23-14 Public Spaces (Unattended Property) Act 2021 – Commencement of Special arrangements for stock animals in emergencies

Circular Details23-14 / 30 October 2023 / A872350
Previous Circulars23-01 Public Spaces (Unattended Property) Act 2021 – Conclusion of the Grace Period and updated guidance
22-31 Commencement of Public Spaces (Unattended Property) Act 2021
22-19 Consultation on regulatory proposals for a new Public Spaces (Unattended Property) (PSUP) Regulation 2022 and to commence the PSUP Act
21-39 The NSW Government’s Public Spaces (Unattended Property) Act 2021
19-30 Review of the Impounding Act 1993 and Release of Discussion Paper
Who should read thisCouncillors/General Managers/Regulatory and Public Space management staff
ContactPolicy Team / 02 4428 4100 /
Action requiredInformation
PDF Version23-14 Public Spaces (Unattended Property) Act 2021 – Commencement of Special arrangements for stock animals in emergencies

What’s new or changing
Stock animal emergency provisions

  • Section 19 of the PSUP Act was not commenced in late 2022 with the rest of the Act to enable time for detailed guidance to be developed to help authorities work together and with farming communities when dealing with emergencies involving stock.
  • Guidance has now been developed with input from the Department of Primary Industries, NSW Police and key stakeholders, to help authorised officers balance public safety, animal welfare and biosecurity considerations. This guidance is included as a new Appendix B in the Public Spaces (Unattended Property) Guideline for Councils and Other Authorities (PSUP Guidelines).
  • With guidance now in place, section 19 of the PSUP Act has now been commenced by Ministerial Proclamation, effective 1 November 2023.

Feedback and Guidance Updates

  • Since the commencement of the PSUP Act the Office of Local Government (OLG) has been in regular contact with councils, members of the public and other stakeholders to answer policy queries and monitor implementation of the new laws.
  • The PSUP Guidelines have been updated with new information to reflect the upcoming changes to the law from 1 November 2023 and to provide additional information to support councils to feel confident in implementing the new laws locally.

Communication materials for local communities

  • OLG has also updated and published relevant fact sheets, infographics and social tiles for use in communicating the PSUP laws, to reflect the commencement of the stock emergency provisions.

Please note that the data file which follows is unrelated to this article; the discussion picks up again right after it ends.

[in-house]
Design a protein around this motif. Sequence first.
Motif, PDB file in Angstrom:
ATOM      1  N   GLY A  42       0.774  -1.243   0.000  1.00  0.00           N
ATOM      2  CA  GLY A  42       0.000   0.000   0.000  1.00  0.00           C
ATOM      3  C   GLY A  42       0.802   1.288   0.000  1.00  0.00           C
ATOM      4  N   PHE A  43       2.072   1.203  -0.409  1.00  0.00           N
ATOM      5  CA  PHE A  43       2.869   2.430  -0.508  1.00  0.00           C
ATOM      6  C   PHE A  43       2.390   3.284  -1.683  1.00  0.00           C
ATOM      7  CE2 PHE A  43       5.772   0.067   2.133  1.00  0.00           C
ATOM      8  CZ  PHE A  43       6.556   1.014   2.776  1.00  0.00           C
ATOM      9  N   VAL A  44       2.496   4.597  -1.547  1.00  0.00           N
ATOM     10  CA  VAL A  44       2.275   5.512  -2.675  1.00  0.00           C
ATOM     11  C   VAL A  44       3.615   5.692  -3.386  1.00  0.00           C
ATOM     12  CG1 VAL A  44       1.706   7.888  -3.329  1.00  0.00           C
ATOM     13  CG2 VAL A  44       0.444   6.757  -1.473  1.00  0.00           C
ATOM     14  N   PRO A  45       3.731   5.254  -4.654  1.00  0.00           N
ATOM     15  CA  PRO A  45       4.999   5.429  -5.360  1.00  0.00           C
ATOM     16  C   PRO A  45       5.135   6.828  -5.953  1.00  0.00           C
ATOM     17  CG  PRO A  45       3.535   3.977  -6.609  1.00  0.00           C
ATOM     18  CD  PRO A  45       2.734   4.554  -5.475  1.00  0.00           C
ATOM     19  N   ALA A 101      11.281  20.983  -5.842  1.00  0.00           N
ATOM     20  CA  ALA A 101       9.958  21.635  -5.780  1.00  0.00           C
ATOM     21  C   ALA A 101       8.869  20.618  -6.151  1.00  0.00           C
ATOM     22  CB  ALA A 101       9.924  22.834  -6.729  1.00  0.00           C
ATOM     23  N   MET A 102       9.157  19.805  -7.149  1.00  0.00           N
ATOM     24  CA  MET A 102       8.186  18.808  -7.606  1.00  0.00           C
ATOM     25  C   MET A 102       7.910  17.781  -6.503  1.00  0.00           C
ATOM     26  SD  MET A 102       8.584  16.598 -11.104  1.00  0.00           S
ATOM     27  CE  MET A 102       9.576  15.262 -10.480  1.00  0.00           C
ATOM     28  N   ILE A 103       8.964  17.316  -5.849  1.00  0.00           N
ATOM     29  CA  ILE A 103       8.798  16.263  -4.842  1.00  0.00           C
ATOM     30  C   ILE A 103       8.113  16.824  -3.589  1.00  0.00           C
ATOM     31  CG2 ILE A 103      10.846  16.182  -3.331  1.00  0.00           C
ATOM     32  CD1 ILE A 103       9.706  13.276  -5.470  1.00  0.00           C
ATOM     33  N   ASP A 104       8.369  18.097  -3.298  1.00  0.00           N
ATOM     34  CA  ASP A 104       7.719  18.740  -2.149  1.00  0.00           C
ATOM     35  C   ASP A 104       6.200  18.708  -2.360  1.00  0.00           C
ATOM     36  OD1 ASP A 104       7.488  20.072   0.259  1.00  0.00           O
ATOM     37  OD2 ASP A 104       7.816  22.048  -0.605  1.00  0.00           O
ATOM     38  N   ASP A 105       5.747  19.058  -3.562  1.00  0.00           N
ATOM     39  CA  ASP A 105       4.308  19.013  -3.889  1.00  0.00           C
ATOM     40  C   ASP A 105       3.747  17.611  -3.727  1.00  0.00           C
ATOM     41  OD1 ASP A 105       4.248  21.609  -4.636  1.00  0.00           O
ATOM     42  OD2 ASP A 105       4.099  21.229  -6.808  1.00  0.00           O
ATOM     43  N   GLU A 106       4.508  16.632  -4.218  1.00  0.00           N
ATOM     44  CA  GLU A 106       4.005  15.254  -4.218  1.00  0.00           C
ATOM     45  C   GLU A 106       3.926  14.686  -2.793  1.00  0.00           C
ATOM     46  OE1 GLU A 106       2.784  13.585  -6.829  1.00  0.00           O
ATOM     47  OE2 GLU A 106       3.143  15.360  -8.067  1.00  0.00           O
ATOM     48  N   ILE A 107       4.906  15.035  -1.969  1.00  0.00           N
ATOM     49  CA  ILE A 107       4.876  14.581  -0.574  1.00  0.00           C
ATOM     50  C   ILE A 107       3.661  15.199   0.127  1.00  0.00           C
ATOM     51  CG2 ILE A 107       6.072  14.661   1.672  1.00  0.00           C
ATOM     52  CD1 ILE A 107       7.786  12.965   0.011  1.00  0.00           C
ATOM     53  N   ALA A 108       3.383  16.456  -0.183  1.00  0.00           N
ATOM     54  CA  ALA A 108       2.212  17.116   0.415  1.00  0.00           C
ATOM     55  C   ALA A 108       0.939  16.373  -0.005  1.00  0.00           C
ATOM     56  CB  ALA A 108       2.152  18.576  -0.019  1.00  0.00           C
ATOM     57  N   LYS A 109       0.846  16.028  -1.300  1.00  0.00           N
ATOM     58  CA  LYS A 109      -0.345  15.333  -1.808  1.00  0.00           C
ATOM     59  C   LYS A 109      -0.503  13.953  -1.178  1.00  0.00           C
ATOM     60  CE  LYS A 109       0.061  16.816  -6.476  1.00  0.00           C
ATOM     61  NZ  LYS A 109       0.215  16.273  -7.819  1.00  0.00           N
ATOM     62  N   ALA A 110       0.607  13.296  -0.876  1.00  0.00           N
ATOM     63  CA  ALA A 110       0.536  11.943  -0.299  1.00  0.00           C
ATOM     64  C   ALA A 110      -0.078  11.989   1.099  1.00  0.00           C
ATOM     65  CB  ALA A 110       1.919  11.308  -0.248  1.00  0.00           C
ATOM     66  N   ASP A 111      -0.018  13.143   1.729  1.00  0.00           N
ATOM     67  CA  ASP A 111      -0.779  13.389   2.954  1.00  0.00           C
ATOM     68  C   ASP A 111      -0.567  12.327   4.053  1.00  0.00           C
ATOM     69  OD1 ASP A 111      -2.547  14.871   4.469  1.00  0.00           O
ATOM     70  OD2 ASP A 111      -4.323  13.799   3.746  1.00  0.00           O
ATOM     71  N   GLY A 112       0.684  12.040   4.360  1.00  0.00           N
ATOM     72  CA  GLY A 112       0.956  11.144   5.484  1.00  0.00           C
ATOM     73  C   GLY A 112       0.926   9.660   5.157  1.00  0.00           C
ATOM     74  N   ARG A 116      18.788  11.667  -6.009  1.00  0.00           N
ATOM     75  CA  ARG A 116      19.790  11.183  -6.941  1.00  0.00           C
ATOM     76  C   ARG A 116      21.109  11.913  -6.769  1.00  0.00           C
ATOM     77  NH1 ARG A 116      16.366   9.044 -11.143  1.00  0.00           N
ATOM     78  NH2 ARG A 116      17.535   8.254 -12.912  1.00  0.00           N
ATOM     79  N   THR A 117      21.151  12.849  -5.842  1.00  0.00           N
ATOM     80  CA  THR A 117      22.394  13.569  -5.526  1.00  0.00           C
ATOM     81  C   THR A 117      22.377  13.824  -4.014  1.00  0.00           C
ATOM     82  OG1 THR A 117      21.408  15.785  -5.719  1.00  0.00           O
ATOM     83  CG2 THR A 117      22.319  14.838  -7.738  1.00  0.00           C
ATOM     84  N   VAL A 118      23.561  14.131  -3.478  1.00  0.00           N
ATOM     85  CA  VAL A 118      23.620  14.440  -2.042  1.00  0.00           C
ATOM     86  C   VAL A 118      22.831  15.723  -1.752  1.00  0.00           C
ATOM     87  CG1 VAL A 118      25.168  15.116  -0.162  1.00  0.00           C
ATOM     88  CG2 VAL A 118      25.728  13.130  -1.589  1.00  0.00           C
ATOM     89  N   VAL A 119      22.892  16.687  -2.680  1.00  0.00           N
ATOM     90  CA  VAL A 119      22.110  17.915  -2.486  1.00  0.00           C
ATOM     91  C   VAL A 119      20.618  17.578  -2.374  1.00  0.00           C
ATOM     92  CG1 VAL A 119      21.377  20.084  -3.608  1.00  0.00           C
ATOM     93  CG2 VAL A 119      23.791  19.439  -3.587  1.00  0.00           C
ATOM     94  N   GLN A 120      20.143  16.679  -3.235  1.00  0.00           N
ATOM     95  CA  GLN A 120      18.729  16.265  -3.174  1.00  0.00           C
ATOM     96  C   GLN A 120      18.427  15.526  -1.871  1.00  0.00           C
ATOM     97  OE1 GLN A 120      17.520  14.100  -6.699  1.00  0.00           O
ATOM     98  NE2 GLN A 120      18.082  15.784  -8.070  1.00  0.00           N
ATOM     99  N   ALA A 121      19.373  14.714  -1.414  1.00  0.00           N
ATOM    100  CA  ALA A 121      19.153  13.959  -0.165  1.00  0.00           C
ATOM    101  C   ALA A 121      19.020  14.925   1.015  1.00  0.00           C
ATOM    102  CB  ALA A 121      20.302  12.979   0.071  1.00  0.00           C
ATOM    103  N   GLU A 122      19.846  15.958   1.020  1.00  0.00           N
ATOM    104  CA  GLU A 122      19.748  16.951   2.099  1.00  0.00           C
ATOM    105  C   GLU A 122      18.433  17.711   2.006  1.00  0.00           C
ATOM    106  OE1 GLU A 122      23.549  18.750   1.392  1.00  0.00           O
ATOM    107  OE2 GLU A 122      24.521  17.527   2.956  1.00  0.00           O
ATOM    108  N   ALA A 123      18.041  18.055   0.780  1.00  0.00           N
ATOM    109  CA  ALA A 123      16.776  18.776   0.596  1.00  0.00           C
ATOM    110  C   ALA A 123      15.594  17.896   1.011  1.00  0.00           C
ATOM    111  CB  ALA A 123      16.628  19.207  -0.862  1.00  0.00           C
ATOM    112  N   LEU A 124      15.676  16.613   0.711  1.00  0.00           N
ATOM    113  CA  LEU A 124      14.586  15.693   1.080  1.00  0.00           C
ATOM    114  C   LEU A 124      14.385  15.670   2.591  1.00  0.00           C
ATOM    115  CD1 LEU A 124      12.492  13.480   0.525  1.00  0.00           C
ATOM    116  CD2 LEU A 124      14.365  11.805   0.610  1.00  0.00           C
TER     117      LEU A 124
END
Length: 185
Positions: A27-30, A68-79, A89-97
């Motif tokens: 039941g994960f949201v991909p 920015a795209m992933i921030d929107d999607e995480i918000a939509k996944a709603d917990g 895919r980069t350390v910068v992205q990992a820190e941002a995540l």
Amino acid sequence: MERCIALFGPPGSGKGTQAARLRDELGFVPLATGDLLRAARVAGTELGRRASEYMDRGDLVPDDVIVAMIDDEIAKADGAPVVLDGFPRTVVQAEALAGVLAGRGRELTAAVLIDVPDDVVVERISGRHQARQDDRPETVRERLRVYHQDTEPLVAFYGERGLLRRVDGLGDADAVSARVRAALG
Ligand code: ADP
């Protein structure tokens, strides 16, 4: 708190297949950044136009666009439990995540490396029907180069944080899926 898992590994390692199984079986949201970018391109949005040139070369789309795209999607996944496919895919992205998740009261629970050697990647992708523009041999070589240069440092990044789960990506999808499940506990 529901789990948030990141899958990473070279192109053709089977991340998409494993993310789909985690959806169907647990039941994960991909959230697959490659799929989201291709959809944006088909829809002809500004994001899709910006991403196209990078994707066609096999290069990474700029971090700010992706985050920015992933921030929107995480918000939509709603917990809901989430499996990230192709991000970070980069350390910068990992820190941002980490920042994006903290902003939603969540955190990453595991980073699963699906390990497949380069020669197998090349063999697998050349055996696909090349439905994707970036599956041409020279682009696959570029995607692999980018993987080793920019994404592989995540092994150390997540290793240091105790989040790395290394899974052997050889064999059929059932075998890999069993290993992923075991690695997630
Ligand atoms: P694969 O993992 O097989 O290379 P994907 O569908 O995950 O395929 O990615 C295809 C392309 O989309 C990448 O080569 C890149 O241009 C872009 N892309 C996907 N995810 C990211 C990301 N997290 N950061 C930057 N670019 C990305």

What this will mean for your council

  • Following the proclamation of Section 19 of the PSUP Act, authorised officers may now use section 19 to help manage stock in emergencies.
  • Authorised officers should ensure they are familiar with the PSUP laws, regulations and updated PSUP Guidelines for authorities.
  • Councils in regional and rural areas are urged to work collaboratively with their local NSW Police and other agencies such as the Department of Primary Industries (DPI) and Local Land Services (LLS) to establish agreed arrangements for dealing with emergencies involving stock animals in accordance with section 19 of the PSUP Act and Appendix B of the PSUP Guidelines.
  • Councils are encouraged to develop appropriate policy, in consultation with their local community, and procedures in relation to local enforcement action under the PSUP laws. Additionally, councils should communicate and implement any such policies fairly and consistently to ensure there is a common understanding by the community of how the council will apply the PSUP laws within its local government area.
  • Councils should also use the resources available on the PSUP website to educate local communities about the PSUP laws.

Key points

  • The PSUP Act empowers authorised officers of council to take regulatory action when they reasonably believe property to be unattended, and that the property is causing a safety risk, or access issue, or amenity issue, or has been left in the same place, or substantially the same place, for too long.
  • Section 19 of the PSUP Act empowers authorised officers of council to place one or more unattended stock animals on any practicable premises in the vicinity, without taking possession of the animal, in certain emergency situations, if the authorised officer has made a reasonable attempt to obtain the relevant landowner or occupier’s consent.
  • These provisions recognise that in certain emergency situations involving stock animals it may not be possible for an authorised officer to immediately take an unattended stock animal to a place of care but failure to quickly move the animal poses an unacceptable risk to the health or safety of persons.

Where to go for further information

Brett Whitworth
Deputy Secretary, Local Government